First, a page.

Gaylord Guenin: Letter from Woody Creek |

Gaylord Guenin: Letter from Woody Creek

We are just six months away from inaugurating a new president and I have the uneasy feeling that I’m actually going to miss George W., our mission-accomplished president. It seems obvious now that W., especially after the horrible attacks of Sept. 11, 2001, desperately wanted to be viewed as a John Wayne type ” a swaggering, gun-toting sheriff who would face down the most vile of terrorists and tyrants.

Our invasion of Afghanistan in search of Osama bin Laden and his terrorist group, Al Qaeda, hinted at the possibility that W. might actually be a strong and determined leader. Osama had managed to kill more than 3,000 Americans with his barbaric attacks on the World Trade Center and the Pentagon on 9/11, an act that shocked the entire free world. When we attacked Afghanistan, we had an amazing amount of international support and then the inexplicable occurred: George W. abandoned his search for Osama and decided to invade Iraq.

Instead of having John Wayne at the helm, it appeared we were suddenly under the direction of Deputy Barney Fife, who was a leading character on the old Andy Griffith television show. Deputy Fife was the personification of ineptness, but at least he was a delightful touch of comic relief. George W. proved himself to be rather inept also, but he was only funny when he didn’t mean to be.

The New Yorker, in its “The Talk of the Town” section in the June 30 edition, reflected for a moment on George W.’s desire to invade Iraq and on a speech made about the same time by Barack Obama.

The speech W. delivered was on Oct. 7, 2002, in Cincinnati, in which he was trying to justify invading Iraq, with pretty faulty intelligence, as it would turn out. It was at this time that he made his infamous “smoking gun” remark, telling his audience, “We cannot wait for the final proof ” the smoking gun ” that could come in the form of a mushroom cloud.”

Now five days prior to W. speaking in Cincinnati, Barack Obama spoke to a group in Chicago and told them “I don’t oppose all wars,” adding the following (and it is worth remembering that this was 2002 and Obama was still an Illinois state legislator): “I know that even a successful war against Iraq will require a U.S. occupation of undetermined length, at undetermined cost, with undetermined consequences. I know that an invasion of Iraq without a clear rationale and without strong international support will only fan the flames of the Middle East, and encourage the worst, rather than best, impulses of the Arab world and strengthen the recruitment arm of Al Qaeda. I am not opposed to all wars. I’m opposed to dumb wars.”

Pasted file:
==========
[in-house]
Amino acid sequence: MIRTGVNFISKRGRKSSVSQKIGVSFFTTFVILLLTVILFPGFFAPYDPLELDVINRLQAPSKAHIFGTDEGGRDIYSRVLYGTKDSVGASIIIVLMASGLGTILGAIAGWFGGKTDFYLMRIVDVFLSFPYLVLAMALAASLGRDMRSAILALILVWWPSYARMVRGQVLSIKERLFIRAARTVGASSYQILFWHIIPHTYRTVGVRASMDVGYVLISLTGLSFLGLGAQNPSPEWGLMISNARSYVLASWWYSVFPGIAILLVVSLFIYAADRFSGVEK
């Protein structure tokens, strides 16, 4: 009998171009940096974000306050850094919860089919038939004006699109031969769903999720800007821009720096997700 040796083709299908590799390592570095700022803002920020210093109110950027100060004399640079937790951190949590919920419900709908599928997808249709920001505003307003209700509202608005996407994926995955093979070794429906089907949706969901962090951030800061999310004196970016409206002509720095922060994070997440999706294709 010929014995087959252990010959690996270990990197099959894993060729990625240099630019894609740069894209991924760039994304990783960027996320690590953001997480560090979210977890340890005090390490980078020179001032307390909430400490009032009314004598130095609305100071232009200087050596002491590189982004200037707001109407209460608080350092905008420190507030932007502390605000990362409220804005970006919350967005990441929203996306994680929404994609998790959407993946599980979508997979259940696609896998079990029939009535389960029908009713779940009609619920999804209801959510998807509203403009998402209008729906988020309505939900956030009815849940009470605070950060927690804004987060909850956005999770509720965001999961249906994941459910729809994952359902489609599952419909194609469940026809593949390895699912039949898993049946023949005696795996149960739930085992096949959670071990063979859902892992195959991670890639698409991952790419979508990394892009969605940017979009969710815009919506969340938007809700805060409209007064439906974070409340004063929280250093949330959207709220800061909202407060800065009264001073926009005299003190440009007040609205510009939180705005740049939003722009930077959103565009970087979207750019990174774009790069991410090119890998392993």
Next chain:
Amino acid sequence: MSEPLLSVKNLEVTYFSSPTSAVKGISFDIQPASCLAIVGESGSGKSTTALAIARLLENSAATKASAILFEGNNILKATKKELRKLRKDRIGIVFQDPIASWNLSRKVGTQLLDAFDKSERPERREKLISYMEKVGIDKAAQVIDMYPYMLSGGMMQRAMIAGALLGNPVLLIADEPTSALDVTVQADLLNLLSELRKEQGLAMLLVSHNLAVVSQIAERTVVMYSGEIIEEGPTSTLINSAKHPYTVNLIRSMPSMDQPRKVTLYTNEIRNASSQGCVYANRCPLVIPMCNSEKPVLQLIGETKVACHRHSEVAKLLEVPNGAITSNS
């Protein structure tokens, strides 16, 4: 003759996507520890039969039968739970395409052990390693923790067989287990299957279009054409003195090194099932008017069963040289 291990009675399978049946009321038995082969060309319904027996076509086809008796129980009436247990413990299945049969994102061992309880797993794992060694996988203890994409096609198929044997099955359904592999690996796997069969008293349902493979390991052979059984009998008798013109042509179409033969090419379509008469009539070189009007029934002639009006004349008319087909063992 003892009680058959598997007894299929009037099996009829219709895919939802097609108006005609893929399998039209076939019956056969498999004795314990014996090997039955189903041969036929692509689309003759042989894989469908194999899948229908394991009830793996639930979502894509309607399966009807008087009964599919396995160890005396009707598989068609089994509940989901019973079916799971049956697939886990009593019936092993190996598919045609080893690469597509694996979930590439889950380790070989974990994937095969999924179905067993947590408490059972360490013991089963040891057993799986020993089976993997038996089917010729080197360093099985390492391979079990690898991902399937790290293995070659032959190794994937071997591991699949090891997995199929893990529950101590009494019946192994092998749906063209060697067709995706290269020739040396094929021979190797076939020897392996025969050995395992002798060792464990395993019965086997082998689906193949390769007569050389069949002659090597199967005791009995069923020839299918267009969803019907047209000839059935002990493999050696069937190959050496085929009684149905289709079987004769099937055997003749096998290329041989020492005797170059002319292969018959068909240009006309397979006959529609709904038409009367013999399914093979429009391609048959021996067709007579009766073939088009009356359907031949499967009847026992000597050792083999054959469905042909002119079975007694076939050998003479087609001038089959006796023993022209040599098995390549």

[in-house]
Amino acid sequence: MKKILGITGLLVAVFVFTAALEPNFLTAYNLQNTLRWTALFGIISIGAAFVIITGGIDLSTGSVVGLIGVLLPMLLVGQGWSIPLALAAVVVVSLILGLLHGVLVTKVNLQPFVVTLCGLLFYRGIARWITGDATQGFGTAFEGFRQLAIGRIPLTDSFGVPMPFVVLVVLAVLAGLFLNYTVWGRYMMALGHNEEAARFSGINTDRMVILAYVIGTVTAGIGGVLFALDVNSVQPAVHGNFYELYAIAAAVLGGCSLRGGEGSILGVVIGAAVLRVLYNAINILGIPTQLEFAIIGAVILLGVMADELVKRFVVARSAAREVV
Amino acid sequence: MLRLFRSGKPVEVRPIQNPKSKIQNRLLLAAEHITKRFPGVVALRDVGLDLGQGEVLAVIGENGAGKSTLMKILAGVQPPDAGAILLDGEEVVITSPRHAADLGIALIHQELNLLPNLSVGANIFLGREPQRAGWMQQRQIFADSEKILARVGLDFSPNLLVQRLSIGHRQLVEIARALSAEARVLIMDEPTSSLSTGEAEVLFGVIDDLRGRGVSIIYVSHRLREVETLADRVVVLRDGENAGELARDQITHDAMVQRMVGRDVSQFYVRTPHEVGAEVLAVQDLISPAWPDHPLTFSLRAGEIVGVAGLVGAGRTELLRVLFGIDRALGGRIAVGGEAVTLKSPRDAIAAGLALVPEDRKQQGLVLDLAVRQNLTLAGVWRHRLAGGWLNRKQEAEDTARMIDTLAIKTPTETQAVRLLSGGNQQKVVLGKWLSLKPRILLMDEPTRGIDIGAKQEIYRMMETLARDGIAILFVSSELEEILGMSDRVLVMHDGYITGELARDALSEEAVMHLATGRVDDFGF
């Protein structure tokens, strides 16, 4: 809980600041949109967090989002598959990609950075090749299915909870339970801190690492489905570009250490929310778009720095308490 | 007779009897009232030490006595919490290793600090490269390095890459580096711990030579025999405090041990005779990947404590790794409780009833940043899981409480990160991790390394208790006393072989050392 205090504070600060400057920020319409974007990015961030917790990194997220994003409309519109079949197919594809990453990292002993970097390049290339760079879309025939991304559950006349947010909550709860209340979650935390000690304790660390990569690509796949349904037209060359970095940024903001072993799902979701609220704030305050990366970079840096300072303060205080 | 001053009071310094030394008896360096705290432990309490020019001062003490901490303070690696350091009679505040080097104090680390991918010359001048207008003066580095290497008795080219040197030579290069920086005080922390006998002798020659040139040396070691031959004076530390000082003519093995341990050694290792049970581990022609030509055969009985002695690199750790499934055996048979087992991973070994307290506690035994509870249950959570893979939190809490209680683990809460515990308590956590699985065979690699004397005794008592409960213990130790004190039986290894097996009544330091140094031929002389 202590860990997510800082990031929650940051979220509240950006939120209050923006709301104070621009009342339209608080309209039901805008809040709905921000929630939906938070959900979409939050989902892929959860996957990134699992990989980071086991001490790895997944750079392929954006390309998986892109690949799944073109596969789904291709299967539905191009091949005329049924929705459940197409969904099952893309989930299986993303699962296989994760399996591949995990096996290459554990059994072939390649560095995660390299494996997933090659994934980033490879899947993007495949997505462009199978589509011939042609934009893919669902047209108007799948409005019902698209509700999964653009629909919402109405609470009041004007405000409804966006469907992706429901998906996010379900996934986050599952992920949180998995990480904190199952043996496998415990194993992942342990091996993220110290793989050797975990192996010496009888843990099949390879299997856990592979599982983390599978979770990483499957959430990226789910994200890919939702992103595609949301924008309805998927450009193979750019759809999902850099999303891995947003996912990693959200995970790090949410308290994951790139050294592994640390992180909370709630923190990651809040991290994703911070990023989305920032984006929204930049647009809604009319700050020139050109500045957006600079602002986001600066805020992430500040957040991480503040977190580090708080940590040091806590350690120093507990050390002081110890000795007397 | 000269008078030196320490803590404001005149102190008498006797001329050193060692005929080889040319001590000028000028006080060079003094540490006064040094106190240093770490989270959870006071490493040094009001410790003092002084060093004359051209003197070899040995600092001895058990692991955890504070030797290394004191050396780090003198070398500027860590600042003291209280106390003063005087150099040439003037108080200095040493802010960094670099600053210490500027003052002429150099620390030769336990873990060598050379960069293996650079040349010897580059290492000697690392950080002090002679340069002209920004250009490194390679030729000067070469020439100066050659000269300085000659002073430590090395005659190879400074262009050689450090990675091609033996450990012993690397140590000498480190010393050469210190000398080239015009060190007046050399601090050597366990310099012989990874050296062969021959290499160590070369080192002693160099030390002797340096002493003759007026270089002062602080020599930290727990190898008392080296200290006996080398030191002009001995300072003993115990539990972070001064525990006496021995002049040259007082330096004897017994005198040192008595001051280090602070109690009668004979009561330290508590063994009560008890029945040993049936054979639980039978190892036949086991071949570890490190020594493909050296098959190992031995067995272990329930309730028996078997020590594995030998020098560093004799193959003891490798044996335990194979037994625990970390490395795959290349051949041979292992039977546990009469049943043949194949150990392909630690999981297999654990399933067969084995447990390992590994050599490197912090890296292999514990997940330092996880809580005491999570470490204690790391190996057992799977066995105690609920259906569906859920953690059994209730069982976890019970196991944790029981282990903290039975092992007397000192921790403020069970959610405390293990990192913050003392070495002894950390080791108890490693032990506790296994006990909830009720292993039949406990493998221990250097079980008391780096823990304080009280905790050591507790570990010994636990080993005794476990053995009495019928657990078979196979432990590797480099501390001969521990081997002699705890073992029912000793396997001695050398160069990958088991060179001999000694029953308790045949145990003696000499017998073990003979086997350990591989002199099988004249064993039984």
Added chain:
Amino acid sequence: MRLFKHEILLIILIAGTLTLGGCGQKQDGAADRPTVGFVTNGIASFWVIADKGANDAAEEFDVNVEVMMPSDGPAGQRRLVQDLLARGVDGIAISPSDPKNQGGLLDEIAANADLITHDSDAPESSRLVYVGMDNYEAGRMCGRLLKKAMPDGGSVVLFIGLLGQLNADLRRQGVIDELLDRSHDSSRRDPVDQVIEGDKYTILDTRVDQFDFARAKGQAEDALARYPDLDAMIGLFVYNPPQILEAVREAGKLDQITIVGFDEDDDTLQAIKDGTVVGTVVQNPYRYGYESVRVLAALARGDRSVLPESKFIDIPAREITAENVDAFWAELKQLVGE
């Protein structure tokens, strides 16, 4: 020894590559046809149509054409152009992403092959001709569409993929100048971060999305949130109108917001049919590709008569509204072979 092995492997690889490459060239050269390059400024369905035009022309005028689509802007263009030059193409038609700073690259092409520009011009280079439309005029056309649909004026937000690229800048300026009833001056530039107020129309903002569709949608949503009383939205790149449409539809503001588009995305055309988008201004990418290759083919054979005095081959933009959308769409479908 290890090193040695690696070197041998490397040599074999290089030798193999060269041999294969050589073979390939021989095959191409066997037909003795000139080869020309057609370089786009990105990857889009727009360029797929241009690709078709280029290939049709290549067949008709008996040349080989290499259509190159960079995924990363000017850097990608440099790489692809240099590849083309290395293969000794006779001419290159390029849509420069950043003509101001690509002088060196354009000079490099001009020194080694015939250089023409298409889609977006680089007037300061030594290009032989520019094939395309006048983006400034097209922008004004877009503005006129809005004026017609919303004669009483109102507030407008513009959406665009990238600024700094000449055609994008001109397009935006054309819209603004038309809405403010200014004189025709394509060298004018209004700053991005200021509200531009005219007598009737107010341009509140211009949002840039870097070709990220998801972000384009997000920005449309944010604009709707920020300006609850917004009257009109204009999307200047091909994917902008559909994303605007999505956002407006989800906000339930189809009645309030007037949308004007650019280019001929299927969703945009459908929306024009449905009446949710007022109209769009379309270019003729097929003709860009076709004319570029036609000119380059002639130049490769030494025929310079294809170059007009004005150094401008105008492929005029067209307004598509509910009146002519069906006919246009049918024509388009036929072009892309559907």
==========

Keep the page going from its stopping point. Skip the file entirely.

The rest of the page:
History will evaluate W.’s decision to invade Iraq and while it may not achieve the status of a “dumb” war, it is doubtful it will ever be seen as a “brilliant” move on W.’s part. And suddenly the war in Afghanistan, the war W. and his neo-con buddies abandoned so Iraq could be invaded, has once again become a hot spot. We entered Afghanistan in 2001 and rather quickly dispatched the Taliban and dealt a major blow to Al Qaeda; and in May of 2003 we announced an end to major combat operations in that nation, without laying hands on Osama.

And while we were desperately trying to maintain order in Iraq, Al Qaeda was busy rebuilding its war machine in Afghanistan, and apparently in Pakistan; and now those terrorists are on the verge of bringing down the very government we helped to establish. It is almost as if we have returned to the beginning once again.

According to Vice President Dick Cheney, the coalition forces were to be welcomed in Iraq as “conquering heroes,” which they were for a brief period of time. Then the shit hit the fan and we discovered that we hadn’t invaded just a single, unified nation, we had invaded a hornet’s nest of divergent groups who seemed to hate one another as much as they hated us. So while we were trying to keep the Sunni, the Shiite and Kurd factions from killing each other, we also were burdened with the task of keeping them from killing us.

Iraq turned out to be an ugly tar pit from which we continue to try to extract ourselves. And as a boot is drawn from that tar pit, we may have to set it down in yet another messy bog, into the mire of Afghanistan, where Hamid Karazi’s government is under threat.

It seems reasonably obvious that George W. and his neo-con friends invaded Iraq with (to quote The New Yorker) “a fatal disregard of political reality in the Middle East.”

The good news is that Deputy Fife and his cowboy approach to international affairs will be out of office in January. But who will replace him? John McCain and Barack Obama are the presumptive candidates for their respective parties, but which one can clean up the mess created by Deputy Fife? That question will be angrily debated in the months to come, so it truly does behoove all of us to pay close attention to what these two men have to say.

McCain and the GOP will hammer Obama on his “lack of experience.” Looking back on the past eight years, one has to wonder just how valuable experience actually is?

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